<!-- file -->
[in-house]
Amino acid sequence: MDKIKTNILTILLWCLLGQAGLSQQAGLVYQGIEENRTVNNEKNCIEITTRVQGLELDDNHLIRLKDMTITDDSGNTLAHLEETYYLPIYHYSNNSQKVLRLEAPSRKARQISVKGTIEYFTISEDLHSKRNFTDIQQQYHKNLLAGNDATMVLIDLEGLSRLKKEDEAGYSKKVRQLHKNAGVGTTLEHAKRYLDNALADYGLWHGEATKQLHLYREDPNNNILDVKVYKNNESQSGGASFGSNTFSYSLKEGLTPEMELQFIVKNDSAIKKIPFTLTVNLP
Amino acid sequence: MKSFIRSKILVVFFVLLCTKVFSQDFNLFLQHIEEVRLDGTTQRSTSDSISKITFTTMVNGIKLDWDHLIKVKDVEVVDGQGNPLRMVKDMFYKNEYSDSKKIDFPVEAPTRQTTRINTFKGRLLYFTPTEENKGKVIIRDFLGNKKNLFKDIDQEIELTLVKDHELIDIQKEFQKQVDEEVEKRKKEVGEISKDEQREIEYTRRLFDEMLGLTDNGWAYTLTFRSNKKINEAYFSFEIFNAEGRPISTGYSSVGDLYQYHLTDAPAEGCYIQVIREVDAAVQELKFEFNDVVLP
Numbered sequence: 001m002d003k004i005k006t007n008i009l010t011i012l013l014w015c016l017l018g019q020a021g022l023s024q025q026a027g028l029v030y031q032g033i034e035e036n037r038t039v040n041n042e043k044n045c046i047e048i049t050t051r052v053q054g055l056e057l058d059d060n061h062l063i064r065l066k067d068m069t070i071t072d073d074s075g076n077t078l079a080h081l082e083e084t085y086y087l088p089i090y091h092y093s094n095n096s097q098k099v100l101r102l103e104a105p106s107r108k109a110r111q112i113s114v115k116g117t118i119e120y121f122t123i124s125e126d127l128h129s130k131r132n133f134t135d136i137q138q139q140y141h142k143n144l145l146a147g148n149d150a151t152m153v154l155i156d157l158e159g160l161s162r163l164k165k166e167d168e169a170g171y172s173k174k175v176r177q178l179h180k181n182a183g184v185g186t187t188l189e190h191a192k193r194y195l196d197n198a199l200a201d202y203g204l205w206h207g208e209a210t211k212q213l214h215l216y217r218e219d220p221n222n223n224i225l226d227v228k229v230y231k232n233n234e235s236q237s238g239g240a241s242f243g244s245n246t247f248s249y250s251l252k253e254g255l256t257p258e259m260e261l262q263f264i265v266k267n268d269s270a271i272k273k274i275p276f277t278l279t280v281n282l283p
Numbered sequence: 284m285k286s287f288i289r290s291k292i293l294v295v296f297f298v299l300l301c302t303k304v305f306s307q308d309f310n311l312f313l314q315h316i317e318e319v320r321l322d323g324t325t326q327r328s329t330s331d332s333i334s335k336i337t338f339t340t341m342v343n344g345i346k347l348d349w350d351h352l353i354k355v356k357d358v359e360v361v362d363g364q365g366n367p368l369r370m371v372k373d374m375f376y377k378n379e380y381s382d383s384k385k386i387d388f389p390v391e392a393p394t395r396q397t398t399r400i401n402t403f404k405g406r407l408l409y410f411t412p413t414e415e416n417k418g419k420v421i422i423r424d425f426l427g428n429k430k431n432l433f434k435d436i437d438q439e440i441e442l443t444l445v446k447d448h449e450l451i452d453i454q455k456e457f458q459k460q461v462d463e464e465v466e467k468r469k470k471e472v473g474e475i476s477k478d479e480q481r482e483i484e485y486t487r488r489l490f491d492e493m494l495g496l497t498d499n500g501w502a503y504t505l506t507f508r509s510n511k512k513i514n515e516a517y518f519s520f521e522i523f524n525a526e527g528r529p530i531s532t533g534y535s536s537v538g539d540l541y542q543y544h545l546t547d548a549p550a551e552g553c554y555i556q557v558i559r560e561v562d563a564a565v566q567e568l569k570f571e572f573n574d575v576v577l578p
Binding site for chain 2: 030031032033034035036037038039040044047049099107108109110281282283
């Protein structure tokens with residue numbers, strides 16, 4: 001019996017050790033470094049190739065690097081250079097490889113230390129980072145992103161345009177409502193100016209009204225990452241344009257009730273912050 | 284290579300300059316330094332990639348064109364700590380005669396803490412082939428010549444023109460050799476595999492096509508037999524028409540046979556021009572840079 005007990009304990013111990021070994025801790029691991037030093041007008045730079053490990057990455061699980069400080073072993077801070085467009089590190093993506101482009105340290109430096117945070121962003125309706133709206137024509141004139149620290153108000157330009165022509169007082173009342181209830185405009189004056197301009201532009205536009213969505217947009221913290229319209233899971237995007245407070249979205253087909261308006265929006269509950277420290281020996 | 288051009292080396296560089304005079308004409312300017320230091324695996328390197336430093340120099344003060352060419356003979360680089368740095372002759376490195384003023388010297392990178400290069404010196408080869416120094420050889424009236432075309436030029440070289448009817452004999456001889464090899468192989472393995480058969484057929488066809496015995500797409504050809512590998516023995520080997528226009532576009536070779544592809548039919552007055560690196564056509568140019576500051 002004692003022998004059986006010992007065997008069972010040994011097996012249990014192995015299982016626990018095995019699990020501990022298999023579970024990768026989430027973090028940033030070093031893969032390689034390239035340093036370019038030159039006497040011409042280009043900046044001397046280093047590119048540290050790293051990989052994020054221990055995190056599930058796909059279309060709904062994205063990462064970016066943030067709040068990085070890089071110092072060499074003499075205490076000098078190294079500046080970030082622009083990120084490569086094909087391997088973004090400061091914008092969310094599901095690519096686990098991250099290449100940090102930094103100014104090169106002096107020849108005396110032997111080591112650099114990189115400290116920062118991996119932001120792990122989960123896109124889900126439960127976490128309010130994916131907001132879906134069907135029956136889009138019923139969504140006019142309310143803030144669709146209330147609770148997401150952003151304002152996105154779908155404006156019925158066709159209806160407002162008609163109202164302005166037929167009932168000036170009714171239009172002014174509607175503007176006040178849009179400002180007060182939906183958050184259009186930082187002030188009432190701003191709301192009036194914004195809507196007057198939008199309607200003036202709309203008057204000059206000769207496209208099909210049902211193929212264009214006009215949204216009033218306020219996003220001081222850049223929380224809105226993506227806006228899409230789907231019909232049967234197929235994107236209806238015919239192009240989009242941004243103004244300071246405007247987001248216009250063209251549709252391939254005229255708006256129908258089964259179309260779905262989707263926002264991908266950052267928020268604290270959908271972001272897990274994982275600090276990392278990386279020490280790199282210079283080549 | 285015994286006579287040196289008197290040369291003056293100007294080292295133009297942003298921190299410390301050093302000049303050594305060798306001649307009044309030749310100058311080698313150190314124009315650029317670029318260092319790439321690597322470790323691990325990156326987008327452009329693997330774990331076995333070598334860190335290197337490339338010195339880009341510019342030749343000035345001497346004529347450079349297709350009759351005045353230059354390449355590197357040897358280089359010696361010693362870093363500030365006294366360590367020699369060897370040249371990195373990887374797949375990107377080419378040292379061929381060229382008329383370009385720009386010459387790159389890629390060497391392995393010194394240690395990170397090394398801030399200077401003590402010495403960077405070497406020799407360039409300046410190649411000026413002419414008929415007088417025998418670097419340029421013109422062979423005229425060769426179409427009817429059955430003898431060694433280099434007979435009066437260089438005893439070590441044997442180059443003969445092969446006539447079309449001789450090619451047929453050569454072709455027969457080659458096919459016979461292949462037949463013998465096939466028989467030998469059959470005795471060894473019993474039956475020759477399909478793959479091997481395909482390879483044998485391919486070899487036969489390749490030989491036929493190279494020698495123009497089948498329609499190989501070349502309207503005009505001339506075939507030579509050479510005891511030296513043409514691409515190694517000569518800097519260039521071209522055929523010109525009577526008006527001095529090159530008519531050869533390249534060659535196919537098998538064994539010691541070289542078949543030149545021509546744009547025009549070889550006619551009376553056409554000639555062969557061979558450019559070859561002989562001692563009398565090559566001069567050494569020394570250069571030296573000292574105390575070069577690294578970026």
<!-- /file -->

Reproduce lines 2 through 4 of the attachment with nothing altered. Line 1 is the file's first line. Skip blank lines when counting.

Amino acid sequence: MDKIKTNILTILLWCLLGQAGLSQQAGLVYQGIEENRTVNNEKNCIEITTRVQGLELDDNHLIRLKDMTITDDSGNTLAHLEETYYLPIYHYSNNSQKVLRLEAPSRKARQISVKGTIEYFTISEDLHSKRNFTDIQQQYHKNLLAGNDATMVLIDLEGLSRLKKEDEAGYSKKVRQLHKNAGVGTTLEHAKRYLDNALADYGLWHGEATKQLHLYREDPNNNILDVKVYKNNESQSGGASFGSNTFSYSLKEGLTPEMELQFIVKNDSAIKKIPFTLTVNLP
Amino acid sequence: MKSFIRSKILVVFFVLLCTKVFSQDFNLFLQHIEEVRLDGTTQRSTSDSISKITFTTMVNGIKLDWDHLIKVKDVEVVDGQGNPLRMVKDMFYKNEYSDSKKIDFPVEAPTRQTTRINTFKGRLLYFTPTEENKGKVIIRDFLGNKKNLFKDIDQEIELTLVKDHELIDIQKEFQKQVDEEVEKRKKEVGEISKDEQREIEYTRRLFDEMLGLTDNGWAYTLTFRSNKKINEAYFSFEIFNAEGRPISTGYSSVGDLYQYHLTDAPAEGCYIQVIREVDAAVQELKFEFNDVVLP
Numbered sequence: 001m002d003k004i005k006t007n008i009l010t011i012l013l014w015c016l017l018g019q020a021g022l023s024q025q026a027g028l029v030y031q032g033i034e035e036n037r038t039v040n041n042e043k044n045c046i047e048i049t050t051r052v053q054g055l056e057l058d059d060n061h062l063i064r065l066k067d068m069t070i071t072d073d074s075g076n077t078l079a080h081l082e083e084t085y086y087l088p089i090y091h092y093s094n095n096s097q098k099v100l101r102l103e104a105p106s107r108k109a110r111q112i113s114v115k116g117t118i119e120y121f122t123i124s125e126d127l128h129s130k131r132n133f134t135d136i137q138q139q140y141h142k143n144l145l146a147g148n149d150a151t152m153v154l155i156d157l158e159g160l161s162r163l164k165k166e167d168e169a170g171y172s173k174k175v176r177q178l179h180k181n182a183g184v185g186t187t188l189e190h191a192k193r194y195l196d197n198a199l200a201d202y203g204l205w206h207g208e209a210t211k212q213l214h215l216y217r218e219d220p221n222n223n224i225l226d227v228k229v230y231k232n233n234e235s236q237s238g239g240a241s242f243g244s245n246t247f248s249y250s251l252k253e254g255l256t257p258e259m260e261l262q263f264i265v266k267n268d269s270a271i272k273k274i275p276f277t278l279t280v281n282l283p